Tuesday, December 8, 2009

Tearing Down the Body of Christ (Part 2)

Last night, during an exchange with an online Christian friend, I had the feeling that I was walking through a minefield located in a cow pasture - no matter where I stepped, I was in trouble. The gist of the problem came from the fact that she had evidently drawn sharp, uncharitable and horrifically racist criticism on her blog for appearing to admire/endorse certain non-Christian music stars with immoral pasts. Not knowing about the most recent firestorm, I asked who a certain rapper was and why she had a picture of him. Evidently she saw me as another divisive mud-thrower, even though I was just curious.

Everyone, please pause for a moment and take a good long look at my profile and accompanying picture. Do I look like someone who knows anything about rappers? (I believe the politically-correct term might be "hip-hop artists". I have never been accused of being politically correct, either).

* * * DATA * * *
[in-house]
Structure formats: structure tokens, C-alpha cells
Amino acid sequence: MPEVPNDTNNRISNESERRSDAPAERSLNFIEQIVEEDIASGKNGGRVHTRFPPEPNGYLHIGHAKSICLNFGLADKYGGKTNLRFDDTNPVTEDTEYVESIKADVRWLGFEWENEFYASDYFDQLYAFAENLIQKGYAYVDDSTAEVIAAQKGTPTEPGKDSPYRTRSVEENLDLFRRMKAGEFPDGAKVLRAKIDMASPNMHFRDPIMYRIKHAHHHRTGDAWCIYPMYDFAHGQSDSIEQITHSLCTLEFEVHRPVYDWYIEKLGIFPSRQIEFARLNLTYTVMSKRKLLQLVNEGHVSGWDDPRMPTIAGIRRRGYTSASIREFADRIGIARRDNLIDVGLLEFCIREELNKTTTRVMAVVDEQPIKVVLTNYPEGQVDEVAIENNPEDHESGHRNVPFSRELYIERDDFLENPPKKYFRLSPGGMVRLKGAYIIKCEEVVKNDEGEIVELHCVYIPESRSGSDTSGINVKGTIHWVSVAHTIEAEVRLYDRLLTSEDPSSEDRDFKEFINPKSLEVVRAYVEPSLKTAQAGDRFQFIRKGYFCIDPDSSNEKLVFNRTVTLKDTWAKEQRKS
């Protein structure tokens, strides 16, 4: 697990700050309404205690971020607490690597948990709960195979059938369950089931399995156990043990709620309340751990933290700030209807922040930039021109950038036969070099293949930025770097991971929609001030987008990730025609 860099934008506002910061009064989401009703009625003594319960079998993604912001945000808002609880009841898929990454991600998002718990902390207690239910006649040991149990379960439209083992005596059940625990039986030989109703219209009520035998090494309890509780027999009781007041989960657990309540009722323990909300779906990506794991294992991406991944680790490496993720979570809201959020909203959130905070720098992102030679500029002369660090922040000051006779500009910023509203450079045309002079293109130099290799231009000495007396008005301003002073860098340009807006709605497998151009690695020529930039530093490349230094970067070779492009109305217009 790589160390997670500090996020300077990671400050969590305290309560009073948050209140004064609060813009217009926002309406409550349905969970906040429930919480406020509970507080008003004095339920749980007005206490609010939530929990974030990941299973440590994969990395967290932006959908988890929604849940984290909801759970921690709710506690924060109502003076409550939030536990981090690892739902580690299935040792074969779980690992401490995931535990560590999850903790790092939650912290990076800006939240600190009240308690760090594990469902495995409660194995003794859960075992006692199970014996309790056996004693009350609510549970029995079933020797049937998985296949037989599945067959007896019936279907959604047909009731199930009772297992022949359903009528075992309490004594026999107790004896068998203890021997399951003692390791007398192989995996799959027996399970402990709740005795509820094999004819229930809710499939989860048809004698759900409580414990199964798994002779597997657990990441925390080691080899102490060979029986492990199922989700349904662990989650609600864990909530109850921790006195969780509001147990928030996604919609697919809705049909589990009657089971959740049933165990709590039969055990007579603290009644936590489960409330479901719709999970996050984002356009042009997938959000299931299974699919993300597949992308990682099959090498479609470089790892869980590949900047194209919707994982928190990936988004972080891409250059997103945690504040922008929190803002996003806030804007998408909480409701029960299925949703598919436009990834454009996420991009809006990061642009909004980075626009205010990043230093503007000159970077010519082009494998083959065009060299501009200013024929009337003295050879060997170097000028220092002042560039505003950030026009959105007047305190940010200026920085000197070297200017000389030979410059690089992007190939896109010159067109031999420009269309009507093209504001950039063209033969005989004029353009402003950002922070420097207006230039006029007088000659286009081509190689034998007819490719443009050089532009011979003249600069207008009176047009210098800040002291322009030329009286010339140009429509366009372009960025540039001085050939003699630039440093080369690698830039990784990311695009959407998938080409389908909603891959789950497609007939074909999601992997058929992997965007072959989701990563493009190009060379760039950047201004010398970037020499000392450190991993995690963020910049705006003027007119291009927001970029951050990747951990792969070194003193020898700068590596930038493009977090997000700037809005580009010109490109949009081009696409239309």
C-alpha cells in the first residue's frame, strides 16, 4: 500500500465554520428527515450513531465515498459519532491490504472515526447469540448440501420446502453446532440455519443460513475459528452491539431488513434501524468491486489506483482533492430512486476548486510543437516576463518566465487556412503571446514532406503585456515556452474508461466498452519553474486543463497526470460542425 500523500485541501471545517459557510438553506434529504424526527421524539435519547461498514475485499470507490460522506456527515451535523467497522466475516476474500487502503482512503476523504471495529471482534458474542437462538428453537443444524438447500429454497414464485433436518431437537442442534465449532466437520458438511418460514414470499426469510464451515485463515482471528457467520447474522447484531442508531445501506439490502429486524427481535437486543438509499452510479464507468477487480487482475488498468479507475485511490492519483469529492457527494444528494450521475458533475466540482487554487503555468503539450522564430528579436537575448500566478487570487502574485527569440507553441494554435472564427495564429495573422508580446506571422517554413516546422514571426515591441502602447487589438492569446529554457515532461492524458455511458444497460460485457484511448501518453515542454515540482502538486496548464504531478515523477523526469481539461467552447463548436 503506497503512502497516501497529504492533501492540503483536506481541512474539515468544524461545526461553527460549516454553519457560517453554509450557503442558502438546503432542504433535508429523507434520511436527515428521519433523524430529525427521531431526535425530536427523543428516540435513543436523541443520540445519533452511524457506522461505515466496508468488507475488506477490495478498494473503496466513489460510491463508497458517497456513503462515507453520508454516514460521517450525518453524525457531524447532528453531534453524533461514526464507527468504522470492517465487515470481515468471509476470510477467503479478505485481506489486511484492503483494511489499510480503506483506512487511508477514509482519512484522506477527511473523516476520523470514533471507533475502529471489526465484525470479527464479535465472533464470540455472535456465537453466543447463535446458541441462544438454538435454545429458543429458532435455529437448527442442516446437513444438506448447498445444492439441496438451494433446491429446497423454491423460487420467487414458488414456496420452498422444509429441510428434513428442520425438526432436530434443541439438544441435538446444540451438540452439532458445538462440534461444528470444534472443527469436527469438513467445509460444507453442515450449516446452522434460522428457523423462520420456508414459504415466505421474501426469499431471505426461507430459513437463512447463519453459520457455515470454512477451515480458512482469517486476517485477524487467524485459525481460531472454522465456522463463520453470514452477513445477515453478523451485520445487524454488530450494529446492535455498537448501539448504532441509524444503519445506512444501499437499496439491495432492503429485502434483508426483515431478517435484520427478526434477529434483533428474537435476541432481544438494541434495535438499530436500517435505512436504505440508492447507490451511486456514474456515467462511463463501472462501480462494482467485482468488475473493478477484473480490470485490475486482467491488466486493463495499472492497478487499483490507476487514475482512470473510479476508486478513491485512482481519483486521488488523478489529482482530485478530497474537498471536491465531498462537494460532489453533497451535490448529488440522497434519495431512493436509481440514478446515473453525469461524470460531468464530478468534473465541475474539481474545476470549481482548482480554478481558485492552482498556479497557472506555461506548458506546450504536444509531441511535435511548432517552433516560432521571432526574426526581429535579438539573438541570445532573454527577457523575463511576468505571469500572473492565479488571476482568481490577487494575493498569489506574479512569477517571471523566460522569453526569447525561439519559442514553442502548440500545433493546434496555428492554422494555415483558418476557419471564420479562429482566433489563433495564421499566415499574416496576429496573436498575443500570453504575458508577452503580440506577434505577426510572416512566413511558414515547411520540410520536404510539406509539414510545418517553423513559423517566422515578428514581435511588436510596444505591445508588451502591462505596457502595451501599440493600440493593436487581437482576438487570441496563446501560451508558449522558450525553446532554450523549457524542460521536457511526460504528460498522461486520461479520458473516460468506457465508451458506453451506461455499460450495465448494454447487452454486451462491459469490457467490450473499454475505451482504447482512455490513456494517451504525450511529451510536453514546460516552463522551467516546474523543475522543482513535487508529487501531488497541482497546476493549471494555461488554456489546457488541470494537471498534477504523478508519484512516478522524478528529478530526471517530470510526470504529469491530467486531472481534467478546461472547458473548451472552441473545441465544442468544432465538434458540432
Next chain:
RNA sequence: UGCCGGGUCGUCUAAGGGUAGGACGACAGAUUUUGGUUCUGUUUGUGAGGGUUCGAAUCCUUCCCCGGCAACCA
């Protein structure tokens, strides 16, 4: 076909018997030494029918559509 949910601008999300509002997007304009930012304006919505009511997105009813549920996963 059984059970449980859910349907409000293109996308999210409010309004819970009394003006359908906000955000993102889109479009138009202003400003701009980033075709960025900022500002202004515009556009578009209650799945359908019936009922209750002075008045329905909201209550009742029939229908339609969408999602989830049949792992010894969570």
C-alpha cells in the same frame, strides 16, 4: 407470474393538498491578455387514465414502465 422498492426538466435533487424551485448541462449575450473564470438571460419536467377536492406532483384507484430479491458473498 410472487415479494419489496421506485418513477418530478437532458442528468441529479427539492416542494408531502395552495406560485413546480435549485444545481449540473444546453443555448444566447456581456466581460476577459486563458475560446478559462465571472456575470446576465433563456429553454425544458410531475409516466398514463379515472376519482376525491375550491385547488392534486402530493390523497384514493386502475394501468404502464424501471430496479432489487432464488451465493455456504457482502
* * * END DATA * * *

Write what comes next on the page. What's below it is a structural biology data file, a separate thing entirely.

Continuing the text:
3.) Another huge way in which the Body of Christ is tearing itself apart is by ascribing motive.

In this case, sharing God's heart for social justice - extending compassion to "the least of these" - has indeed brought venomous attacks out of the woodwork. I've seen this before, but I will admit I was shocked at the intensity of the criticism in this particular case. Lack of compassion and utter disregard for even the most general type of love is particularly ugly when it appears among Christians, and gives enemies of the Cross cause to rejoice and point out hypocrisy among the Body.